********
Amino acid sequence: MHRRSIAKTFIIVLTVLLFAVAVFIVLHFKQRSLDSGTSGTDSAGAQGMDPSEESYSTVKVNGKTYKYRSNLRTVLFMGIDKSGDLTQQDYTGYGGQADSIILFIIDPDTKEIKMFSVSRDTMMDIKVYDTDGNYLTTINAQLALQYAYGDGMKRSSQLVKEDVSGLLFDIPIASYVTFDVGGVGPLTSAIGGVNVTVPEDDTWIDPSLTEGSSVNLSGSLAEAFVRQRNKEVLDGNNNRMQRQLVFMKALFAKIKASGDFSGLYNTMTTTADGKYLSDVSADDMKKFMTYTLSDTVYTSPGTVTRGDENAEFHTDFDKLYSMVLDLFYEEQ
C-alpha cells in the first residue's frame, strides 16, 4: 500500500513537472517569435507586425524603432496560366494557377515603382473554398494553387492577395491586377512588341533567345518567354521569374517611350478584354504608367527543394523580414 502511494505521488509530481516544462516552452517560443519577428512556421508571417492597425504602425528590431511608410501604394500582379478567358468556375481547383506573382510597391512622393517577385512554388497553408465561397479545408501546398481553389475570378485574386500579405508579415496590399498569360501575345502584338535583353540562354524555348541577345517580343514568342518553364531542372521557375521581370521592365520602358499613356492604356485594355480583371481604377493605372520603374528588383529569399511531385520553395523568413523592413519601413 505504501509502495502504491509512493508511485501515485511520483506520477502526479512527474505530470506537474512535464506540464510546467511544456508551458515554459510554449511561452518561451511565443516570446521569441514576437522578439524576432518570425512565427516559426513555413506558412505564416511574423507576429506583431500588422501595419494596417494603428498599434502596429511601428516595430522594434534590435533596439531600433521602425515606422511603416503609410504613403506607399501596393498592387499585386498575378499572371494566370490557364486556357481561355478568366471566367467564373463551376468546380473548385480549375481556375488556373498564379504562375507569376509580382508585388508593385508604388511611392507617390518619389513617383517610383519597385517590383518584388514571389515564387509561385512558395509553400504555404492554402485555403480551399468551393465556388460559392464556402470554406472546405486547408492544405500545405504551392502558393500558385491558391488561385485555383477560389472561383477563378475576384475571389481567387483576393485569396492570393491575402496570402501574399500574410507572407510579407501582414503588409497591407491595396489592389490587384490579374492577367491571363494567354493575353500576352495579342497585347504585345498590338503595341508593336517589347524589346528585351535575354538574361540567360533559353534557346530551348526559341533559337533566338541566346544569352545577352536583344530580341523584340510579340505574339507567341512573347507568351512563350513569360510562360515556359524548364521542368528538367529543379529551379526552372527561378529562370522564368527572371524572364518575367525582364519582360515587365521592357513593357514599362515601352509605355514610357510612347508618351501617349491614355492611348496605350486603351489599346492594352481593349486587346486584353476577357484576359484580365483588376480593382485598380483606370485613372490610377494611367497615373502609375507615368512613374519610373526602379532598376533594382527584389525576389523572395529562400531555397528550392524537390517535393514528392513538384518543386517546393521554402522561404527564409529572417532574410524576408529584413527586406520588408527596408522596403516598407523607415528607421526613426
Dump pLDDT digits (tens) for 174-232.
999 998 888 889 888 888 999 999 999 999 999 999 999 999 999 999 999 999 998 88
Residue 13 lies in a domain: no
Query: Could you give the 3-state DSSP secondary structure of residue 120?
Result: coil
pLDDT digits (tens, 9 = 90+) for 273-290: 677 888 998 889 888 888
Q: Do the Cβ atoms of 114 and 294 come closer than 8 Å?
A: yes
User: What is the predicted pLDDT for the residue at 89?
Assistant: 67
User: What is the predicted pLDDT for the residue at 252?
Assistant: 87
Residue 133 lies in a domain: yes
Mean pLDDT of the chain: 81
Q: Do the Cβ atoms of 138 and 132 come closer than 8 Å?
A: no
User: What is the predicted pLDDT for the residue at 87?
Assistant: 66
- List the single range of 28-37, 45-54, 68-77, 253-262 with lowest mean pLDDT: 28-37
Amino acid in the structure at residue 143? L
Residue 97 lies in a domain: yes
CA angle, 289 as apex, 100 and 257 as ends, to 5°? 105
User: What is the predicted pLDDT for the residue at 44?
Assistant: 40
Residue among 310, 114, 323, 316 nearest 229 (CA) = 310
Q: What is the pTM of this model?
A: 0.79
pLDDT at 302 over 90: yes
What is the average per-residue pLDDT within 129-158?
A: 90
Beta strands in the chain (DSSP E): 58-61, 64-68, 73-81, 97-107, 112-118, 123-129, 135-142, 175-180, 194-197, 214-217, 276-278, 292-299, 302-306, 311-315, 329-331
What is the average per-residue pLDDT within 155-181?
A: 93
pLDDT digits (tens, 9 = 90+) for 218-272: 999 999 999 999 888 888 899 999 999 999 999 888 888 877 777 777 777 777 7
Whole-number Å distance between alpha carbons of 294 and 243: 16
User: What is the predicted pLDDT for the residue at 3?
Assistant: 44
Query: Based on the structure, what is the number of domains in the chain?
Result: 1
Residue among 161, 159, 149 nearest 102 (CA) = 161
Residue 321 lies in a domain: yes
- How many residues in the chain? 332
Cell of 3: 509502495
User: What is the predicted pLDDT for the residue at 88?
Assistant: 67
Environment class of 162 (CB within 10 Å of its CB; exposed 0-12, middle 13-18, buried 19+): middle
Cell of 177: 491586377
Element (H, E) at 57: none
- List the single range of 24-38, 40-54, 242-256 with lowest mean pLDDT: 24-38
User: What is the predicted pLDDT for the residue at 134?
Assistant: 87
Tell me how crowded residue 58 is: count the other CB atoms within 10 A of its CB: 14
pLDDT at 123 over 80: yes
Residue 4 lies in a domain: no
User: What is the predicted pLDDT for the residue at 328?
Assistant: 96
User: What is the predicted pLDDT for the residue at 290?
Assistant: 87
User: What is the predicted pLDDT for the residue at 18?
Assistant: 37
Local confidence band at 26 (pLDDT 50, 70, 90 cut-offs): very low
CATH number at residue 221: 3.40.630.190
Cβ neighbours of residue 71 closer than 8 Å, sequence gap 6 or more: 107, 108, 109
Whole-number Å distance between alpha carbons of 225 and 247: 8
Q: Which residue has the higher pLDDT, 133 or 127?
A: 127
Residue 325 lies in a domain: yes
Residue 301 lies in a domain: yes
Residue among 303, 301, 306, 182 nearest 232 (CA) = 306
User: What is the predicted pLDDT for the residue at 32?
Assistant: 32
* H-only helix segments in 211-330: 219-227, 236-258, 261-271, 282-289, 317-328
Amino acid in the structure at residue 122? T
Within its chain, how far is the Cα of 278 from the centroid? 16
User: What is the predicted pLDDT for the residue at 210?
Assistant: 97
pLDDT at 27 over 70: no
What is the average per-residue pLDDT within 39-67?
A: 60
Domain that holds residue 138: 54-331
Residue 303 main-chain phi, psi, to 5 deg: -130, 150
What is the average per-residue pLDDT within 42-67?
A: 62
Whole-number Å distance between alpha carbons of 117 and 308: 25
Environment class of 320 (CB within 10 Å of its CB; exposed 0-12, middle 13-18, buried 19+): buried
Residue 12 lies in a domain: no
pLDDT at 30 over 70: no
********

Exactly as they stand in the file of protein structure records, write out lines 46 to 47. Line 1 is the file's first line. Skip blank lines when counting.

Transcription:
User: What is the predicted pLDDT for the residue at 88?
Assistant: 67